Horm Metab Res 1996; 28(6): 257-266
DOI: 10.1055/s-2007-979180

© Georg Thieme Verlag Stuttgart · New York

Galanin Gene Expression in Hypothalamic GnRH-Containing Neurons of the Rat: A Model for Autocrine Regulation

W. G. Rossmanith1 , D. K. Clifton2 , R. A. Steine2
  • 1Department of Obstetrics-Gynecology, University of Ulm, Ulm, Germany
  • 2Department of Physiology and Biophysics, University of Washington, Seattle, U.S.A.
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Publication History

Publication Date:
23 April 2007 (online)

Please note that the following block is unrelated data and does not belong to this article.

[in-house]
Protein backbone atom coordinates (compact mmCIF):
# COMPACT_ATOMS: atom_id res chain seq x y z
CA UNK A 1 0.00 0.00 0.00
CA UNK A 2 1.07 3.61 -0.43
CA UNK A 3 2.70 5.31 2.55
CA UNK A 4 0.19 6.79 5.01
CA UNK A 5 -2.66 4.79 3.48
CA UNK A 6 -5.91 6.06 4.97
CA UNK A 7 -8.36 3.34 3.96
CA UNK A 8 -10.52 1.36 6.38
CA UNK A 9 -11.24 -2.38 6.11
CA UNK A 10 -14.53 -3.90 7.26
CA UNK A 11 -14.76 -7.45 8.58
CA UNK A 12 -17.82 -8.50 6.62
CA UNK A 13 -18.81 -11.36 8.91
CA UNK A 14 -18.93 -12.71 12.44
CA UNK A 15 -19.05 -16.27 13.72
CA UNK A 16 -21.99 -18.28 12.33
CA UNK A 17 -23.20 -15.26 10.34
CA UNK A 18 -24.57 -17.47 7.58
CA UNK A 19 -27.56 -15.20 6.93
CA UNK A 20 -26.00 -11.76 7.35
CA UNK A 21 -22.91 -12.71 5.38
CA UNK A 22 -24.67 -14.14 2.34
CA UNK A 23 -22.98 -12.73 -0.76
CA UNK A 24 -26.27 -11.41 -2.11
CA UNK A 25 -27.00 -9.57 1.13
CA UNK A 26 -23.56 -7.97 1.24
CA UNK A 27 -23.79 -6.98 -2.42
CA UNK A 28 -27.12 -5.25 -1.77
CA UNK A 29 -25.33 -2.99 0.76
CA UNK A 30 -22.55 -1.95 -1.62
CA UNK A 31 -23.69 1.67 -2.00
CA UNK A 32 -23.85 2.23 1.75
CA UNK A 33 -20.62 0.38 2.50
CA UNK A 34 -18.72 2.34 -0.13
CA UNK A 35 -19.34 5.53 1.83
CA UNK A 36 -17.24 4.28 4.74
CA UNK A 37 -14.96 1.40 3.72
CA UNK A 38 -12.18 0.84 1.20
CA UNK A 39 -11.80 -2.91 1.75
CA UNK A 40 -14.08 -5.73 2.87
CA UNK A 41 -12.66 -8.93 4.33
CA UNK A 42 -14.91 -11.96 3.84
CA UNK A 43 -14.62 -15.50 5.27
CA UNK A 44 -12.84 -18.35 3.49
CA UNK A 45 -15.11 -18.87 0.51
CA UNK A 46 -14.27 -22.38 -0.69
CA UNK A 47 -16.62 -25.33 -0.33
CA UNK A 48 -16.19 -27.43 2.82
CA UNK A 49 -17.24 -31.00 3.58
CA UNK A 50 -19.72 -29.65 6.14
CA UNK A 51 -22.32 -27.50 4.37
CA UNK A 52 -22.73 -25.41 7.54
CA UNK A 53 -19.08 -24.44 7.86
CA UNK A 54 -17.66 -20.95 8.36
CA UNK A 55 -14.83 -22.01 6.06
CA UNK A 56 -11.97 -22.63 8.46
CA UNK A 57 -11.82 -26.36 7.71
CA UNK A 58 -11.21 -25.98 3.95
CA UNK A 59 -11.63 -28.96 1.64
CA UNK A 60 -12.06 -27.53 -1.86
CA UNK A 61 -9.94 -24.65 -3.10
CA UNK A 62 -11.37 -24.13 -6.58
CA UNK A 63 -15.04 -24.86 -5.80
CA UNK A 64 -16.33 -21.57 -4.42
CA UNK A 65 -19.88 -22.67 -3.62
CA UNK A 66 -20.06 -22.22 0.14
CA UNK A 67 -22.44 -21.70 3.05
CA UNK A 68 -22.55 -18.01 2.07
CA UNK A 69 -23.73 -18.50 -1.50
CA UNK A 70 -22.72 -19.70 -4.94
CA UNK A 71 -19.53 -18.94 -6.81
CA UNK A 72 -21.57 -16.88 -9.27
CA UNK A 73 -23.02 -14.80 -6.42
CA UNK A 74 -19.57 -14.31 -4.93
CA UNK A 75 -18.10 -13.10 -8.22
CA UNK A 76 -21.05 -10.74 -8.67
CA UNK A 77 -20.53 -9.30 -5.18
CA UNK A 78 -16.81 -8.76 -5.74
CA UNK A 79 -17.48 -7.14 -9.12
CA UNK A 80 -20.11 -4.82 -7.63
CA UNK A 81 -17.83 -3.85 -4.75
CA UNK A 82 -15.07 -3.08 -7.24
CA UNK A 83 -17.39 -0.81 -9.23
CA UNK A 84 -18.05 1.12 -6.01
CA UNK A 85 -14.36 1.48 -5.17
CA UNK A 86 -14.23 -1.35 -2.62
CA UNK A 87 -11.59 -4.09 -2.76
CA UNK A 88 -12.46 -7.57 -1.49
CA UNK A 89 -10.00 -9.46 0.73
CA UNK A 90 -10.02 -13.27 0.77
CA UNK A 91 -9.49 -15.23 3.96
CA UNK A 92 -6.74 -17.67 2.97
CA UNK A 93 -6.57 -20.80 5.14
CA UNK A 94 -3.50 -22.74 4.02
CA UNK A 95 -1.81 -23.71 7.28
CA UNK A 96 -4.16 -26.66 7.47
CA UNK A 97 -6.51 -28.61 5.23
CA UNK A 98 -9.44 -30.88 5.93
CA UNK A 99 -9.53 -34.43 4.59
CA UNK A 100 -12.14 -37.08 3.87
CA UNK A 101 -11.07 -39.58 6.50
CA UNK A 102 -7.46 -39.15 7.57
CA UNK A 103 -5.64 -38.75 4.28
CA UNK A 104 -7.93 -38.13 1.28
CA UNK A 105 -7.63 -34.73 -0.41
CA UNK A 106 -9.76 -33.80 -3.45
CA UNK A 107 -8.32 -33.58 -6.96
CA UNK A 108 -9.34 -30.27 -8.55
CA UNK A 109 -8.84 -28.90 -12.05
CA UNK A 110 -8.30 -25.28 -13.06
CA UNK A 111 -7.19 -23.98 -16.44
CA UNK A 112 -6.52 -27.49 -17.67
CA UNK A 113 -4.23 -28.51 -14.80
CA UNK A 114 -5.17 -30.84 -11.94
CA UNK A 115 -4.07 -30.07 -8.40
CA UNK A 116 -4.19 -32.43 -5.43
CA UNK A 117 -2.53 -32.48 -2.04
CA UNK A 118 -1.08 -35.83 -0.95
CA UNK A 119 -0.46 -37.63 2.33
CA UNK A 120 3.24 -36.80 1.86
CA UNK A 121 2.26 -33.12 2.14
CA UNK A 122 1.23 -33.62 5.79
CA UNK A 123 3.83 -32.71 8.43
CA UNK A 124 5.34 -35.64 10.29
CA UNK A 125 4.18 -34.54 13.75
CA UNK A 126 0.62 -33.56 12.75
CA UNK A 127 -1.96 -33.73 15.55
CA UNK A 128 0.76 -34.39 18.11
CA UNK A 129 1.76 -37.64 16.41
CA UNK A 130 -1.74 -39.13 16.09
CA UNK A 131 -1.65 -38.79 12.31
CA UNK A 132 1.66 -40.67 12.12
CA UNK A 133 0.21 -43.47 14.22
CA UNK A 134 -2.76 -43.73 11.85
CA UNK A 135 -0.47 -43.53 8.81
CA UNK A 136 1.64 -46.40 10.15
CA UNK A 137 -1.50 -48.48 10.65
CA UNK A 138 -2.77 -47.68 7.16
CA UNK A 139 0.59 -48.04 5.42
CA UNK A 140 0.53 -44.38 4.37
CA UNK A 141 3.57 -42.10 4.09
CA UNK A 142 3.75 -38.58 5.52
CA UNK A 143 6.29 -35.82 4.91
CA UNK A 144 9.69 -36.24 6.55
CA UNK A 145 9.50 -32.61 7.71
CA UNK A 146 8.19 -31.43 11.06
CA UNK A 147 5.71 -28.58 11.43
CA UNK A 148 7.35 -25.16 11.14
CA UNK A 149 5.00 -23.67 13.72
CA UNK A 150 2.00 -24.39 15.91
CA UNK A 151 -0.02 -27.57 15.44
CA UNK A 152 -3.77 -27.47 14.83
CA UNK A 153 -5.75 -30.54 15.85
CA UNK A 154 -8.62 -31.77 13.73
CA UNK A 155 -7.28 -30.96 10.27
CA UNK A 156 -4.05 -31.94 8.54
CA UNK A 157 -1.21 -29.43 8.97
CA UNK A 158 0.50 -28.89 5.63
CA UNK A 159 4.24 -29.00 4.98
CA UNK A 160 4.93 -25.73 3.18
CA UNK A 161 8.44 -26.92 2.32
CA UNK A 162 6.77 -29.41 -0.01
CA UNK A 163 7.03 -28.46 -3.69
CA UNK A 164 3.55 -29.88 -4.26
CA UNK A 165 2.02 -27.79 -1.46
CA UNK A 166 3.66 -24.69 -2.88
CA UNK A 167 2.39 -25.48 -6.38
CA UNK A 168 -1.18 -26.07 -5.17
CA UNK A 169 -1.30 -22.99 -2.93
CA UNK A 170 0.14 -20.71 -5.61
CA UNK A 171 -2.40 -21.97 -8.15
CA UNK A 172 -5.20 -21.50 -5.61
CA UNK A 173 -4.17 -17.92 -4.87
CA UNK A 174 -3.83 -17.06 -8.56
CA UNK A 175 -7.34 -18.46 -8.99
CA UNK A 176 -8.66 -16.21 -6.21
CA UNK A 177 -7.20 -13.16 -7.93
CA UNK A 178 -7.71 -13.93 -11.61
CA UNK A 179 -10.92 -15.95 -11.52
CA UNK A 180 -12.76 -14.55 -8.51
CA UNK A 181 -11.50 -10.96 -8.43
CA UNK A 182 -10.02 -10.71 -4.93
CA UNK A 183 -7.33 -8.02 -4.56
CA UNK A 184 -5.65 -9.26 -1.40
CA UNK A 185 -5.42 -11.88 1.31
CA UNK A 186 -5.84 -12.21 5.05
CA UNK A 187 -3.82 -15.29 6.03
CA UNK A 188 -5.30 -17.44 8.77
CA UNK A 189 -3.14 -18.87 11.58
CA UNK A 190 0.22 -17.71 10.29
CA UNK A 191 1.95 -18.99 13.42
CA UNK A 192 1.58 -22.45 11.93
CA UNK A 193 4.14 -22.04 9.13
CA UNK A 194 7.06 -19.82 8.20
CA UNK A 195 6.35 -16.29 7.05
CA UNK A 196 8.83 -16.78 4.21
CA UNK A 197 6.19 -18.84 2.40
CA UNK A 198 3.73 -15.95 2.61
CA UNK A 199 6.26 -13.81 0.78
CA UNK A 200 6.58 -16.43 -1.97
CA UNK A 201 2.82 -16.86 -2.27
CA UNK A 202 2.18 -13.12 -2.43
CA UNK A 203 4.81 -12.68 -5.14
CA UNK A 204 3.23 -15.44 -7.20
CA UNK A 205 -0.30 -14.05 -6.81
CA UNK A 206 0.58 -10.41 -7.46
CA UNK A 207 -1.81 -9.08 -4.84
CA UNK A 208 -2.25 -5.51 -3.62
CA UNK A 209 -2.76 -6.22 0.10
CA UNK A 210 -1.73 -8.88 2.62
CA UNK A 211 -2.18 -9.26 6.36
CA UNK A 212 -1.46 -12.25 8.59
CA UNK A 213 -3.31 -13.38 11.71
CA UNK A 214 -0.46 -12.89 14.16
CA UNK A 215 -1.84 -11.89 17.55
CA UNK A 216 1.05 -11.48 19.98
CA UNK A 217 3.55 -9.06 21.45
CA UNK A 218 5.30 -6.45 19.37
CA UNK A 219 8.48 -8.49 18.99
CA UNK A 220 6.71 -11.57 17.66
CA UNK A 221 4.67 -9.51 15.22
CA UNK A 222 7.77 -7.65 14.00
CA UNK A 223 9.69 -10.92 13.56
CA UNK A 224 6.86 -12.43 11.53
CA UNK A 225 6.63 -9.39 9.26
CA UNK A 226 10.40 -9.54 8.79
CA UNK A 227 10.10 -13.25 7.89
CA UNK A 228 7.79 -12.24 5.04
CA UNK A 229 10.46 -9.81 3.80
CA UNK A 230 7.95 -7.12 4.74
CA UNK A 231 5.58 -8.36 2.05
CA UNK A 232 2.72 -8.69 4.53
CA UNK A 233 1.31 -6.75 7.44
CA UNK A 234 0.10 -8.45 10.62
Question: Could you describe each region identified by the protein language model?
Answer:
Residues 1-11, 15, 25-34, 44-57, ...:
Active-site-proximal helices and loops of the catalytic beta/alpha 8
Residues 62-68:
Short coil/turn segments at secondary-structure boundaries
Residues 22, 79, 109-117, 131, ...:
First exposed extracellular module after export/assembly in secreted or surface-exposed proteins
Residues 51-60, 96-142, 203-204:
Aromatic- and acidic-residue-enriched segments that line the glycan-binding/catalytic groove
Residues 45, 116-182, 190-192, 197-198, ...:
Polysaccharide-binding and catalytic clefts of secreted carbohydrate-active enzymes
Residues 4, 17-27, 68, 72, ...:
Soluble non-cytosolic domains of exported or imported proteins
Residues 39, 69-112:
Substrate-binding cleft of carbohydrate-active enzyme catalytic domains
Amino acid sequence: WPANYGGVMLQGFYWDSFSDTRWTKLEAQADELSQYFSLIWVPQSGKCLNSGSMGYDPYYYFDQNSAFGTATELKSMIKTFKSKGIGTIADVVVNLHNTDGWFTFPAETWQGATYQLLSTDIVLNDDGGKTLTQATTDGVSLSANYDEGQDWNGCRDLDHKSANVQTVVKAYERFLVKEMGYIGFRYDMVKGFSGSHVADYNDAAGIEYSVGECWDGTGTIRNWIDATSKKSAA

Increasing experimental evidence has accumulated to suggest that galanin may be one of the essential regulators in the reproductive system of the rat. Galanin is a polypeptide which has been found in hypothalamic neurons, where it is colocalized with GnRH. GnRH-containing cells begin to express detectable levels of galanin mRNA at the onset of puberty, and this process is dependent on the presence of the gonads. This indicates that the induction of galanin expression in GnRH neurons is an important requirement for the maturation of the reproductive axis. The pattern of co-expression of galanin and GnRH genes in hypothalamic neurons is sexually dimorphic, with much greater galanin mRNA content in the GnRH neurons of females compared to males. The role of galanin may therefore be important in reproductive processes unique to the female, such as the LH surge and ovulation. During the estrous cycle, gala nin mRNA levels are enhanced in GnRH neurons at the time of the LH surge. This suggests a tight coupling of gala nin biosynthesis and release to the activity state of the GnRH neurons. Expression of the galanin gene in GnRH neurons is regulated by ovarian sex steroids: estradiol appears to support the basal expression of gala nin mRNA in GnRH neurons. In addition, estradiol is capable of dramatically increasing galanin gene expression, either when administered alone or in conjunction with progesterone. Nevertheless, neuronal activation with concomitant induction of galanin gene expression requires transsynaptic signals by afferent inputs impinging on the GnRH cells. Galanin may serve as a critical autocrine regulator for the activity of GnRH cells, in that it may be co-released with GnRH and act presynaptically on the GnRH neuron, helping to shape GnRH release into distinct pulses. Collectively, these observtions indicate that galanin gene expression in GnRH neurons may represent a pivotal signal for the activation of the neuroendocrine reproductive axis.